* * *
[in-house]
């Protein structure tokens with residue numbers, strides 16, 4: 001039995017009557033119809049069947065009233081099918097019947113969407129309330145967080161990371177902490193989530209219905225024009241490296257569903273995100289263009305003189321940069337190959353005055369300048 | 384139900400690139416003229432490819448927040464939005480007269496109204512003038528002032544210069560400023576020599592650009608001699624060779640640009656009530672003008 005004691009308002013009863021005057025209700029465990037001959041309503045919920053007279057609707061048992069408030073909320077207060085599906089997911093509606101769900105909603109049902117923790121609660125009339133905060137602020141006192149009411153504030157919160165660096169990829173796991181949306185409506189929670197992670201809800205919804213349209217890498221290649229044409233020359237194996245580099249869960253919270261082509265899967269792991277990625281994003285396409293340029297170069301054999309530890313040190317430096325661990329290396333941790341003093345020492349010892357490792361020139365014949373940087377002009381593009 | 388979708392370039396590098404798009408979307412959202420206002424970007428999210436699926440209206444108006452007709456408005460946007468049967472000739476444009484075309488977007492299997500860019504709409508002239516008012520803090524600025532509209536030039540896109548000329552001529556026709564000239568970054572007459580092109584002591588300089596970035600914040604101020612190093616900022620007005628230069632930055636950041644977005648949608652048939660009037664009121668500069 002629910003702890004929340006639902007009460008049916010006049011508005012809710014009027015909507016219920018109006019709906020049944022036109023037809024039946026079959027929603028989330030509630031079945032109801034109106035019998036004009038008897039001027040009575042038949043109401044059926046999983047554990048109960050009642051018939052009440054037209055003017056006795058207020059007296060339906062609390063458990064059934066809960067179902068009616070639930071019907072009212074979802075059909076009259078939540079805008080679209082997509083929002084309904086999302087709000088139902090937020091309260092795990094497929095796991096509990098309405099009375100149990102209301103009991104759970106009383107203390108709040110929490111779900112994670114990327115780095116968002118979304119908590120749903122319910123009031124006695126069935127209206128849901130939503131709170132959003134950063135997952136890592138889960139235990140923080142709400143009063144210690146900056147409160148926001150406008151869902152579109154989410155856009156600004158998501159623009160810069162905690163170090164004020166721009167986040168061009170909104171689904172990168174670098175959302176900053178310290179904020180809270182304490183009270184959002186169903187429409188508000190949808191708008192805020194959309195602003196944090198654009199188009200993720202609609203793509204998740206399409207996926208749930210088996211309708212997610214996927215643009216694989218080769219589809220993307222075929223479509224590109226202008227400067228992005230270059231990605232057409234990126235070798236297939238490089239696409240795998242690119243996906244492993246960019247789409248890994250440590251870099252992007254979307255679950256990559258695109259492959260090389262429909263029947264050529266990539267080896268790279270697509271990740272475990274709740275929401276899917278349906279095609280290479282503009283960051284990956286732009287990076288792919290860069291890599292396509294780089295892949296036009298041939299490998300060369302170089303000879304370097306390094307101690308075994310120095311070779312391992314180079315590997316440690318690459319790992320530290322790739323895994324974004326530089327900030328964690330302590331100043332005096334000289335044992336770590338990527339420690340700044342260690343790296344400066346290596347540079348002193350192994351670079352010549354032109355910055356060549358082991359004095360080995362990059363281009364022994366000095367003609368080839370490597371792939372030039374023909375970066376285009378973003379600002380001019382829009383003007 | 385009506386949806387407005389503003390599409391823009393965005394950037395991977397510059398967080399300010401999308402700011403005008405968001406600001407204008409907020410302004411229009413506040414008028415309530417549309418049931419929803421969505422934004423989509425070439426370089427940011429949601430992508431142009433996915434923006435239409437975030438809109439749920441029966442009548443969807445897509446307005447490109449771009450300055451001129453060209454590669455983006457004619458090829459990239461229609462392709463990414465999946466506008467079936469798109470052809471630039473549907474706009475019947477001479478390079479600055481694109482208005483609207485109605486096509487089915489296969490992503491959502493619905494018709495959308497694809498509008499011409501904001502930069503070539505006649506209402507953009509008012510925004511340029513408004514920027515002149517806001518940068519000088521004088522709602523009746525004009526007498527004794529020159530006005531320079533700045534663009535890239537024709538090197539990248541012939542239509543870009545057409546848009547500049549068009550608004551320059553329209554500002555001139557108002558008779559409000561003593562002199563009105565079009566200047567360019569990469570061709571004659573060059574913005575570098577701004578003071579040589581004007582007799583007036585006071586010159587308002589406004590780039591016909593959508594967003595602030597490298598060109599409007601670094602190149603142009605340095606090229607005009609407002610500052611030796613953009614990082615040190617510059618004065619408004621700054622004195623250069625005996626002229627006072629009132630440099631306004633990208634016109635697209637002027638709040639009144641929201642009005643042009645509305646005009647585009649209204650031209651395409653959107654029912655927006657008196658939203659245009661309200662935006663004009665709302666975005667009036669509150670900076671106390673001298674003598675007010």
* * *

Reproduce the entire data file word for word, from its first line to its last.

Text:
[in-house]
């Protein structure tokens with residue numbers, strides 16, 4: 001039995017009557033119809049069947065009233081099918097019947113969407129309330145967080161990371177902490193989530209219905225024009241490296257569903273995100289263009305003189321940069337190959353005055369300048 | 384139900400690139416003229432490819448927040464939005480007269496109204512003038528002032544210069560400023576020599592650009608001699624060779640640009656009530672003008 005004691009308002013009863021005057025209700029465990037001959041309503045919920053007279057609707061048992069408030073909320077207060085599906089997911093509606101769900105909603109049902117923790121609660125009339133905060137602020141006192149009411153504030157919160165660096169990829173796991181949306185409506189929670197992670201809800205919804213349209217890498221290649229044409233020359237194996245580099249869960253919270261082509265899967269792991277990625281994003285396409293340029297170069301054999309530890313040190317430096325661990329290396333941790341003093345020492349010892357490792361020139365014949373940087377002009381593009 | 388979708392370039396590098404798009408979307412959202420206002424970007428999210436699926440209206444108006452007709456408005460946007468049967472000739476444009484075309488977007492299997500860019504709409508002239516008012520803090524600025532509209536030039540896109548000329552001529556026709564000239568970054572007459580092109584002591588300089596970035600914040604101020612190093616900022620007005628230069632930055636950041644977005648949608652048939660009037664009121668500069 002629910003702890004929340006639902007009460008049916010006049011508005012809710014009027015909507016219920018109006019709906020049944022036109023037809024039946026079959027929603028989330030509630031079945032109801034109106035019998036004009038008897039001027040009575042038949043109401044059926046999983047554990048109960050009642051018939052009440054037209055003017056006795058207020059007296060339906062609390063458990064059934066809960067179902068009616070639930071019907072009212074979802075059909076009259078939540079805008080679209082997509083929002084309904086999302087709000088139902090937020091309260092795990094497929095796991096509990098309405099009375100149990102209301103009991104759970106009383107203390108709040110929490111779900112994670114990327115780095116968002118979304119908590120749903122319910123009031124006695126069935127209206128849901130939503131709170132959003134950063135997952136890592138889960139235990140923080142709400143009063144210690146900056147409160148926001150406008151869902152579109154989410155856009156600004158998501159623009160810069162905690163170090164004020166721009167986040168061009170909104171689904172990168174670098175959302176900053178310290179904020180809270182304490183009270184959002186169903187429409188508000190949808191708008192805020194959309195602003196944090198654009199188009200993720202609609203793509204998740206399409207996926208749930210088996211309708212997610214996927215643009216694989218080769219589809220993307222075929223479509224590109226202008227400067228992005230270059231990605232057409234990126235070798236297939238490089239696409240795998242690119243996906244492993246960019247789409248890994250440590251870099252992007254979307255679950256990559258695109259492959260090389262429909263029947264050529266990539267080896268790279270697509271990740272475990274709740275929401276899917278349906279095609280290479282503009283960051284990956286732009287990076288792919290860069291890599292396509294780089295892949296036009298041939299490998300060369302170089303000879304370097306390094307101690308075994310120095311070779312391992314180079315590997316440690318690459319790992320530290322790739323895994324974004326530089327900030328964690330302590331100043332005096334000289335044992336770590338990527339420690340700044342260690343790296344400066346290596347540079348002193350192994351670079352010549354032109355910055356060549358082991359004095360080995362990059363281009364022994366000095367003609368080839370490597371792939372030039374023909375970066376285009378973003379600002380001019382829009383003007 | 385009506386949806387407005389503003390599409391823009393965005394950037395991977397510059398967080399300010401999308402700011403005008405968001406600001407204008409907020410302004411229009413506040414008028415309530417549309418049931419929803421969505422934004423989509425070439426370089427940011429949601430992508431142009433996915434923006435239409437975030438809109439749920441029966442009548443969807445897509446307005447490109449771009450300055451001129453060209454590669455983006457004619458090829459990239461229609462392709463990414465999946466506008467079936469798109470052809471630039473549907474706009475019947477001479478390079479600055481694109482208005483609207485109605486096509487089915489296969490992503491959502493619905494018709495959308497694809498509008499011409501904001502930069503070539505006649506209402507953009509008012510925004511340029513408004514920027515002149517806001518940068519000088521004088522709602523009746525004009526007498527004794529020159530006005531320079533700045534663009535890239537024709538090197539990248541012939542239509543870009545057409546848009547500049549068009550608004551320059553329209554500002555001139557108002558008779559409000561003593562002199563009105565079009566200047567360019569990469570061709571004659573060059574913005575570098577701004578003071579040589581004007582007799583007036585006071586010159587308002589406004590780039591016909593959508594967003595602030597490298598060109599409007601670094602190149603142009605340095606090229607005009609407002610500052611030796613953009614990082615040190617510059618004065619408004621700054622004195623250069625005996626002229627006072629009132630440099631306004633990208634016109635697209637002027638709040639009144641929201642009005643042009645509305646005009647585009649209204650031209651395409653959107654029912655927006657008196658939203659245009661309200662935006663004009665709302666975005667009036669509150670900076671106390673001298674003598675007010």